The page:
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SDB Ethel Browne Harvey Postdoctoral Seminar launches new season

Posted by , on 6 September 2022

The Society for Developmental Biology Ethel Browne Harvey Postdoctoral Seminar Series is back on Friday, September 9, at 3 pm ET (9pm CEST). This seminar series was established in 2020 as a product of SDB’s Strategic Plan to holistically address the needs of members spanning diverse career stages and career paths. It highlights the work of SDB postdoc members, providing a platform for those going on the job market.

The series is named after Ethel Browne Harvey, a pioneering U.S. embryologist best known for her work on cell cleavage in sea urchins. But it was in 1909, during her time as a trainee with Edmund Beecher Wilson, that Browne Harvey performed one of the key experiments of her career when she transplanted the hypostome of one hydra into another, inducing a secondary axis in the host. Ultimately, these experiments support the idea of the organizer-effect, which was first described by Hans Spemann and Hilde Mangold in 1924. Through her career, Browne Harvey received many fellowships aimed at supporting women in science and based her research programme at the Marine Biological Laboratory in Woods Hole, as well as holding teaching positions at various schools and universities including Princeton.

Natalia Bottasso Arias from Cincinnati Children’s Hospital and Jeremy Sandler from the Stowers Institute for Medical Research will present in the first seminar of the season.

Natalia Bottasso Arias did her undergraduate studies in biochemistry at the University of La Plata in Argentina. She went on to earn her doctorate in cell biology and biophysics at the University of La Plata where she studied the role of fatty acid binding proteins in human disease under the mentorship of Dr. Betina Corsico and Dr. Fernando Chirdo. In 2019, Natalia joined Dr. Debora Sinner’s lab at Cincinnati Children’s Hospital Medical Center as a postdoctoral fellow. Her research focuses on understanding the molecular basis of large airway malformations and the specific roles of Wnt, Bmp and HH signaling in determining the cartilaginous and muscle lineage of the trachea. She is the recipient of the Arnold W. Strauss Fellow Award at Cincinnati Children’s.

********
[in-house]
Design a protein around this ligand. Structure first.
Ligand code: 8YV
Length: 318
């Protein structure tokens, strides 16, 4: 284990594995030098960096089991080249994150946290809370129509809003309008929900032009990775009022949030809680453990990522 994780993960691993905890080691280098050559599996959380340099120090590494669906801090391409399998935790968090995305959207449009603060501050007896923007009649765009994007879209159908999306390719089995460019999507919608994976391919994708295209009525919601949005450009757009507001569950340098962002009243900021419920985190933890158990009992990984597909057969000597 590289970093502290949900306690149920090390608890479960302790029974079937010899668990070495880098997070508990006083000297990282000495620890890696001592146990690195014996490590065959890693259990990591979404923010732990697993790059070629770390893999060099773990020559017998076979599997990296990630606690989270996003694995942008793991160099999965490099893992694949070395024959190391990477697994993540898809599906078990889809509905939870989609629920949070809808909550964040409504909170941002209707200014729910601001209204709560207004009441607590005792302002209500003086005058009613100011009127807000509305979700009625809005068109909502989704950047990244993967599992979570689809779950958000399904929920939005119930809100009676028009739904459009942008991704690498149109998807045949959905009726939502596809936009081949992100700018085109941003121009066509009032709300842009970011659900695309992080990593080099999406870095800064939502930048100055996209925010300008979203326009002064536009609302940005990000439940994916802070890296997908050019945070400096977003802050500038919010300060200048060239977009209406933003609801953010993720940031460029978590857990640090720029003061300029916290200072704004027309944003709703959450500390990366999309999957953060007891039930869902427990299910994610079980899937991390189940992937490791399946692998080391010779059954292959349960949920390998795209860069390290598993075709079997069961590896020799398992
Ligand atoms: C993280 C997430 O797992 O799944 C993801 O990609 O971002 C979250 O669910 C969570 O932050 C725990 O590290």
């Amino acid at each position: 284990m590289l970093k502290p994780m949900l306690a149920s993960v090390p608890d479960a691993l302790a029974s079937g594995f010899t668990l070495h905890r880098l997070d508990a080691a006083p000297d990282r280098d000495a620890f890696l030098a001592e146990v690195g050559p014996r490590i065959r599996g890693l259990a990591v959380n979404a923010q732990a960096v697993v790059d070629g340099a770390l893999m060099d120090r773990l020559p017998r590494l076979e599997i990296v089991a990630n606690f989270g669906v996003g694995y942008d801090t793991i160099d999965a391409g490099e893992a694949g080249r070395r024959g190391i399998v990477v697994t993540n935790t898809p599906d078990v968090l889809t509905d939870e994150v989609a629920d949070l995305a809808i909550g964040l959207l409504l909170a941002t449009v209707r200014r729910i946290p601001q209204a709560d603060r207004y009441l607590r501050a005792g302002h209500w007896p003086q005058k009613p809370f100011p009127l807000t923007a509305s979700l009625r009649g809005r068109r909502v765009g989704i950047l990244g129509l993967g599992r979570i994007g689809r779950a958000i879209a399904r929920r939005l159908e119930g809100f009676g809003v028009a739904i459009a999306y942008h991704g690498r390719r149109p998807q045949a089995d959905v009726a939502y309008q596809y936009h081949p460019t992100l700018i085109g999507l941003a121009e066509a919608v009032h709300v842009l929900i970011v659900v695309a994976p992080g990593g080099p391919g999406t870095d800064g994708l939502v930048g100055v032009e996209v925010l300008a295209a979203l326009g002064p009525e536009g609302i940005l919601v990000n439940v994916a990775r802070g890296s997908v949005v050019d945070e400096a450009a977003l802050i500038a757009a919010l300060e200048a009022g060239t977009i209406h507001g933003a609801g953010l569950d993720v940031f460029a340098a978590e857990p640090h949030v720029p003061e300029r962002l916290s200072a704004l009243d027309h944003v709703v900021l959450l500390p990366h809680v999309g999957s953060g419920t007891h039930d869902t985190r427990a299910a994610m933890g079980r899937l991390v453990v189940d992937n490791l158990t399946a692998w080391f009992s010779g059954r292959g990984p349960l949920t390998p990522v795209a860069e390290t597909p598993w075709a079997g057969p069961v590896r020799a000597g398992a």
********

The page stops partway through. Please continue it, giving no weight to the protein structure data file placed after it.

Jeremy Sandler did his undergraduate studies at the University of Washington earning a B.S. in biology with minors in microbiology and international studies. He then worked as a researcher at the Lawrence Berkeley National Laboratory where he earned the SPOT Award for his “instrumental role in establishing next-generation sequencing technologies.” In 2010, Jeremy entered graduate school at the California Institute of Technology. He earned a Ph.D. in biology and biological engineering in the lab of Dr. Angela Stathopoulos where he studied genome activation and regulation of signaling in the rapidly dividing Drosophila embryo. In 2018, Jeremy joined Tatjana Piotrowski’s lab at the Stowers Institute for Medical Research where he studies mechanosensory hair cell regeneration in the zebrafish. He is a recipient of the NIH Ruth L. Kirschstein National Research Service Award.

This season, the September and October Ethel Browne Harvey Postdoctoral Seminars are generously sponsored by The Node. Register for the free September 9 seminar here.

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